A burgeoning literature on white-collar unemployment and job searching has sought over the past two decades to explain why white-collar workers embrace neoliberal labor market restructuring, and why they often blame themselves for the failure of labor markets to provide stable, secure employment. Recent work, especially Sharone, has shown how neoliberal ideology is rooted in the details of American labor market institutions. More recently, however, U.S. employment relations have undergone a reconfiguration, punctuated by the Great Recession, raising new questions about self-blame and system-blame among white-collar job seekers. In this article, the authors draw on a unique data set of 43 white-collar job seekers interviewed in 2012 and 2013 and argue that, in the post-Great Recession period, what Sharone calls the chemistry game is now experienced as unwinnable, unplayable, and rigged. As a result, the authors find white-collar job seekers questioning neoliberalism in important ways and largely blaming structural factors—especially what they perceive as employers’ betrayal of the social contract—for negative labor market outcomes. The anger, disillusionment, and sense of betrayal among white-collar workers that the authors find in the post-Great Recession labor market, the authors suggest, has implications for Burawoy’s influential theory of employment games as well as relevance for the widespread decline in trust in American institutions.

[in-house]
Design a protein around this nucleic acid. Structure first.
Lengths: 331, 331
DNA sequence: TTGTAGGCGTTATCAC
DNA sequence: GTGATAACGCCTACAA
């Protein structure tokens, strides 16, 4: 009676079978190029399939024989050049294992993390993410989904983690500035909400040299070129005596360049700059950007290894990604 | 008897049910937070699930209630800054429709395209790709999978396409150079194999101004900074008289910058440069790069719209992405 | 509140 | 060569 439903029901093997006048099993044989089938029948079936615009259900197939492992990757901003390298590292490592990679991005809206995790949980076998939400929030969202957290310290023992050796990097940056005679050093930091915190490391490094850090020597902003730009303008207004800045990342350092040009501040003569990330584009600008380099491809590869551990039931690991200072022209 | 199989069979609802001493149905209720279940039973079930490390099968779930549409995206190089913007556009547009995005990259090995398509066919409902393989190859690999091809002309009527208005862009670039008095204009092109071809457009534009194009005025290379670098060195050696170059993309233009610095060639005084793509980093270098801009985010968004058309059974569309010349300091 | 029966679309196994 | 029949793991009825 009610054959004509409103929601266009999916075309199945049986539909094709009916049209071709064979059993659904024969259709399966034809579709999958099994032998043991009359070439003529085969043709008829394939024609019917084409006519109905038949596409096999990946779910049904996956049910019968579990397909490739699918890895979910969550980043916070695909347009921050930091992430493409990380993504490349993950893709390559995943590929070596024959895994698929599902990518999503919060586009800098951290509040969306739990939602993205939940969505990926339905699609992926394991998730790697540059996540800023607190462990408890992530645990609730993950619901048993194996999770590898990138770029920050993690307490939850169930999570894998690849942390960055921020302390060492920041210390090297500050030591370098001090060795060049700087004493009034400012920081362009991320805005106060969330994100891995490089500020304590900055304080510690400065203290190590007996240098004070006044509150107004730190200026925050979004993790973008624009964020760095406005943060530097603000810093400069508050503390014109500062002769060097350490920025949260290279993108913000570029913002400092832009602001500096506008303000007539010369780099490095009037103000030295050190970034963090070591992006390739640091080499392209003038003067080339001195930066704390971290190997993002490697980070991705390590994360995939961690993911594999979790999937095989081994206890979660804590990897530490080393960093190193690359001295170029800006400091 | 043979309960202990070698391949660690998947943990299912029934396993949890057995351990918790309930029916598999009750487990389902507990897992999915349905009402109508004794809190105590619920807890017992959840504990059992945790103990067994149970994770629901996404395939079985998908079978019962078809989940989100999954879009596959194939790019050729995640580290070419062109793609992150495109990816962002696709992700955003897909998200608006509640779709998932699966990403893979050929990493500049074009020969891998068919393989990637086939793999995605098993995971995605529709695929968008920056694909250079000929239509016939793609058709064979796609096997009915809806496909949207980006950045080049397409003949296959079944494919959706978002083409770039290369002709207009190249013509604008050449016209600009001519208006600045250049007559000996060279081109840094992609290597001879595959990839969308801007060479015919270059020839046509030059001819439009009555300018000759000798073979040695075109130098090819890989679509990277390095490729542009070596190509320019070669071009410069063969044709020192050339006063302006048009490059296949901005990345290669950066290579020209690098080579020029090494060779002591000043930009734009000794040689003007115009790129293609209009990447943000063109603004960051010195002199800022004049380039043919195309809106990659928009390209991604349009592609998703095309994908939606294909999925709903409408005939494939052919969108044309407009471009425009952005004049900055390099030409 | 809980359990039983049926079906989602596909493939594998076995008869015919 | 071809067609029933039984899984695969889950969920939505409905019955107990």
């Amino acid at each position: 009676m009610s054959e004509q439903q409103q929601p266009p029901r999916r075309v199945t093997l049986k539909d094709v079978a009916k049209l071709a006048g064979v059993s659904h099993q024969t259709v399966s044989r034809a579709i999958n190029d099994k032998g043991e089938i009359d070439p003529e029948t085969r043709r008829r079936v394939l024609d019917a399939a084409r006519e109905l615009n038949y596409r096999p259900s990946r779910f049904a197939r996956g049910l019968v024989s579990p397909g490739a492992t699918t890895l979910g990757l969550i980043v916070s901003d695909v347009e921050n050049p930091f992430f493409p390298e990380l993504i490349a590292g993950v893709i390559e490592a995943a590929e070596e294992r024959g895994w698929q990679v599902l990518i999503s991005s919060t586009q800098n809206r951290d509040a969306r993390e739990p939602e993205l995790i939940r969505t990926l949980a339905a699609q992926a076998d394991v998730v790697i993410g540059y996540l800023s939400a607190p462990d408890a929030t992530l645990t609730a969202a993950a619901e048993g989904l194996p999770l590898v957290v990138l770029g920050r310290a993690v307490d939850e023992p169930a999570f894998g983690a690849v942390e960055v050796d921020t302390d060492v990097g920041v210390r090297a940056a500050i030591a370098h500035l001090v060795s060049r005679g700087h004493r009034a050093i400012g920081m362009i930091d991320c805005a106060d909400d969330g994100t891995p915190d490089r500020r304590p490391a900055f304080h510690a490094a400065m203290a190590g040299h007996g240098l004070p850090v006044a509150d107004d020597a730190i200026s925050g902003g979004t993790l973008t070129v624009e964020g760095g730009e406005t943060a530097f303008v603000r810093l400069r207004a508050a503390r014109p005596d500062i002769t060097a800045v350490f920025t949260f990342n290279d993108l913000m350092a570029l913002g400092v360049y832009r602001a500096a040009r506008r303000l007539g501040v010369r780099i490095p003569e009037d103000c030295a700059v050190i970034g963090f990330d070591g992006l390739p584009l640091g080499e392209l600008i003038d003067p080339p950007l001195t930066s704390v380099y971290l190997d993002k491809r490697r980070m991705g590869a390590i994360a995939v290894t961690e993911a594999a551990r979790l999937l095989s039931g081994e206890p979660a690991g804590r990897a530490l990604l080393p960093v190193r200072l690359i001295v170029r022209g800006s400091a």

- Great Recession
- job searching
- white-collar work
ASJC Scopus subject areas
- Sociology and Political Science
- Organizational Behavior and Human Resource Management